My Dad’s Medals   1 comment

“Never in the field of human conflict
has so much been owed by so many to so few.”

— WS Churchill

•   1939-45 Star

•   Air Crew Europe Star

•   The Defence Medal

•   Canadian Volunteer Service Medal

•    The War Medal 1939-1945

Here’s a better view:

The background, in case you’re wondering, is Nova Scotia Tartan, in honour of the province Dad was born and grew up in… Me too, come to think of it…

When I was about 8 – 10 years old I guess, I asked my Dad if he got any medals in the war (World War II) and he said something like “Oh I suppose so.” “Well, where are they?” I asked him. “I never applied for them” he answered.. “Well.. Why don’t you?”

And so he did. And immediately tossed them in the bottom drawer of his dresser where occasionally I’d sneak into Mom and Dad’s bedroom and look at them. During his working years he just did not want to talk about the war, other than his four or five old war stories that he told, over and over and over; for example of the trainee who flew under every bridge in Scotland after his Polish trainer (one of the pilots in the Polish Air Force who managed to get out of Poland before the Nazis stomped all over it) bawled him out for flying over a bridge: “Whyfor you fly over the bridge? You fly over the bridge you get shot down! ALWAYS FLY UNDER THE BRIDGE!!” and the one about how he and a couple other guys didn’t want to take the troop train from Algiers to Tunis so they faked their way into flying a Dakota (AKA a C-47 / DC-3 in its civilian incarnation)… these guys were fighter pilots.. The Dakota was a twin-engine heavy-lift (for its day) cargo aircraft…. as they faked their way in “Sure, fly ’em all the time”… Once on-board: “How do you start this thing?” and once airborne:  “FOR CHRIST’S SAKE TRIM THE F_____ THING!!”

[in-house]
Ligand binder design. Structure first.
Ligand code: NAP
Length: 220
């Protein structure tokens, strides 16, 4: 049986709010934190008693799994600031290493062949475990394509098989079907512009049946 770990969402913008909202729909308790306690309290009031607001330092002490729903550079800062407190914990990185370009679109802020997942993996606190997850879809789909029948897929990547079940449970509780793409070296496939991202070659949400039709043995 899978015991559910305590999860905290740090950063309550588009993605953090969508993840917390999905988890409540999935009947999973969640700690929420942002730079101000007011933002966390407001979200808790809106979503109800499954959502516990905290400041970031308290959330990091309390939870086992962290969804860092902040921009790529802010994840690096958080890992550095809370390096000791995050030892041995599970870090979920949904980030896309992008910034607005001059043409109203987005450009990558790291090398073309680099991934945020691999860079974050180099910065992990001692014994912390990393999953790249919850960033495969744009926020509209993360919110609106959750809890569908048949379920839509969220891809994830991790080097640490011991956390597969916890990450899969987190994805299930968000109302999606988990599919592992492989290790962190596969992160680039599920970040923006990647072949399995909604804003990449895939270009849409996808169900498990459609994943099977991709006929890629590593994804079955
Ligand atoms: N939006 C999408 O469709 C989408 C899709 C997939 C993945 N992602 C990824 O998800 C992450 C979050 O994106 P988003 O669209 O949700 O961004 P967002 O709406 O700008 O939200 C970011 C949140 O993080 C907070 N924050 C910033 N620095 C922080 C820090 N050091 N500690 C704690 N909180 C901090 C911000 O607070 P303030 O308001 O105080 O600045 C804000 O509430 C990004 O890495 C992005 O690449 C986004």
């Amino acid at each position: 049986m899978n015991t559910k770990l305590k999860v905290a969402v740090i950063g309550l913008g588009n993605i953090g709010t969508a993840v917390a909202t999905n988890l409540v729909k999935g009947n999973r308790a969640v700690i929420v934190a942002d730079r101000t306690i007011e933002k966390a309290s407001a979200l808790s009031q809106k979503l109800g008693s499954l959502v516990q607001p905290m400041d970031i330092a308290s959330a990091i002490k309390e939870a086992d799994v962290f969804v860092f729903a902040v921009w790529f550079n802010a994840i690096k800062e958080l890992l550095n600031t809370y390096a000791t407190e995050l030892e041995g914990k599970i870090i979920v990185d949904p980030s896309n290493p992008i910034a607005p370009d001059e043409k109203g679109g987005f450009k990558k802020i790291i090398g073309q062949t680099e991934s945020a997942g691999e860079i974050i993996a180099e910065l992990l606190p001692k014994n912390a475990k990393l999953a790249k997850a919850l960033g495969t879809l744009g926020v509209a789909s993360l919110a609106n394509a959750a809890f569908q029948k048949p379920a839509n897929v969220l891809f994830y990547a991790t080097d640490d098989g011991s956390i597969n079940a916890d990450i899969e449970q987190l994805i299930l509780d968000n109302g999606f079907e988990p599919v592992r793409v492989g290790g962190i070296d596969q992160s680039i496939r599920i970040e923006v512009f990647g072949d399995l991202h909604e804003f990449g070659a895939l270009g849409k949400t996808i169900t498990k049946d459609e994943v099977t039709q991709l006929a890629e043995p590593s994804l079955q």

But hardly anything really interesting – to a 10 year old… Usually he’d re-experience those late at night, and wake himself up — and the rest of the house — screaming…

Many many years later, when I was in my late 40s and had come to Victoria for a fresh start after my marriage fell apart, he regaled me with a story of how, in 1944 or 45, a bunch of Air Crew who had survived Europe were brought into a room in Vancouver for a briefing and were asked: “Would any of you like to volunteer for the Pacific Theatre?”

“You never saw a room clear so fast in all your life!” he remarked.

Still, it would be pretty hard, in terms of what life has to offer for adventure, to top being a Spitfire pilot… tiny little airplane — with a 1,800 hp engine and a top speed with the Mark 9 of just over 400 mph (640 kph)… consider that humanity at that point had been flying just over 40 years… and these came equipped with machine guns and 20 mm guns and a couple of 250 lb. bombs.. “Train busting was a lot of fun” allowed Dad…

I implored him, over and over.. “Write this stuff down!! all of it! it’s important!”… and other than Spitfire Pilot, barely a hundred pages long and it could have been 1,000 and still have been good — he never did.